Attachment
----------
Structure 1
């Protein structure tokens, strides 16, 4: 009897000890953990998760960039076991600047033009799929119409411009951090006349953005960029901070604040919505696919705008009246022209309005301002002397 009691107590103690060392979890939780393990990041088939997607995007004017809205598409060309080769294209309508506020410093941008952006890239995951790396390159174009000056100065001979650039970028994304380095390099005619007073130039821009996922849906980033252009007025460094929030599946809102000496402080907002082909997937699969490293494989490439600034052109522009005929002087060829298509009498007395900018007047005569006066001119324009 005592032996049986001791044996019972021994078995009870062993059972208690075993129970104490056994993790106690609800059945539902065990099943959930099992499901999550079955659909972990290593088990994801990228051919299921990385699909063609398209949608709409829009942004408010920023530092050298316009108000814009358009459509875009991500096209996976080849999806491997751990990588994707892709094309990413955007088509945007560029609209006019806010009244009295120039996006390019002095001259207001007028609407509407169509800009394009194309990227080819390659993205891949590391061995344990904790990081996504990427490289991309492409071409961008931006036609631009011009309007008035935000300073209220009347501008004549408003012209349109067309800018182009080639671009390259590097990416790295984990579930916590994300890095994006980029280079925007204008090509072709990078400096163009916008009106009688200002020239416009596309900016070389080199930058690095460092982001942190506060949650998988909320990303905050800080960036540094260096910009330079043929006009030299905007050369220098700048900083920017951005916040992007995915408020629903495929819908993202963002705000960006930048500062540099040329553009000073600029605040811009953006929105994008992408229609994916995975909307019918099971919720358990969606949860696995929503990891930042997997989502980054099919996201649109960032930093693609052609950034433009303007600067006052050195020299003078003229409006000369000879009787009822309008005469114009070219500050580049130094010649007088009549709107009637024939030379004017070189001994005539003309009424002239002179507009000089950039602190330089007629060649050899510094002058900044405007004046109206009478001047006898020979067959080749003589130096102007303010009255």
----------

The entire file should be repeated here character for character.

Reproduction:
Structure 1
């Protein structure tokens, strides 16, 4: 009897000890953990998760960039076991600047033009799929119409411009951090006349953005960029901070604040919505696919705008009246022209309005301002002397 009691107590103690060392979890939780393990990041088939997607995007004017809205598409060309080769294209309508506020410093941008952006890239995951790396390159174009000056100065001979650039970028994304380095390099005619007073130039821009996922849906980033252009007025460094929030599946809102000496402080907002082909997937699969490293494989490439600034052109522009005929002087060829298509009498007395900018007047005569006066001119324009 005592032996049986001791044996019972021994078995009870062993059972208690075993129970104490056994993790106690609800059945539902065990099943959930099992499901999550079955659909972990290593088990994801990228051919299921990385699909063609398209949608709409829009942004408010920023530092050298316009108000814009358009459509875009991500096209996976080849999806491997751990990588994707892709094309990413955007088509945007560029609209006019806010009244009295120039996006390019002095001259207001007028609407509407169509800009394009194309990227080819390659993205891949590391061995344990904790990081996504990427490289991309492409071409961008931006036609631009011009309007008035935000300073209220009347501008004549408003012209349109067309800018182009080639671009390259590097990416790295984990579930916590994300890095994006980029280079925007204008090509072709990078400096163009916008009106009688200002020239416009596309900016070389080199930058690095460092982001942190506060949650998988909320990303905050800080960036540094260096910009330079043929006009030299905007050369220098700048900083920017951005916040992007995915408020629903495929819908993202963002705000960006930048500062540099040329553009000073600029605040811009953006929105994008992408229609994916995975909307019918099971919720358990969606949860696995929503990891930042997997989502980054099919996201649109960032930093693609052609950034433009303007600067006052050195020299003078003229409006000369000879009787009822309008005469114009070219500050580049130094010649007088009549709107009637024939030379004017070189001994005539003309009424002239002179507009000089950039602190330089007629060649050899510094002058900044405007004046109206009478001047006898020979067959080749003589130096102007303010009255």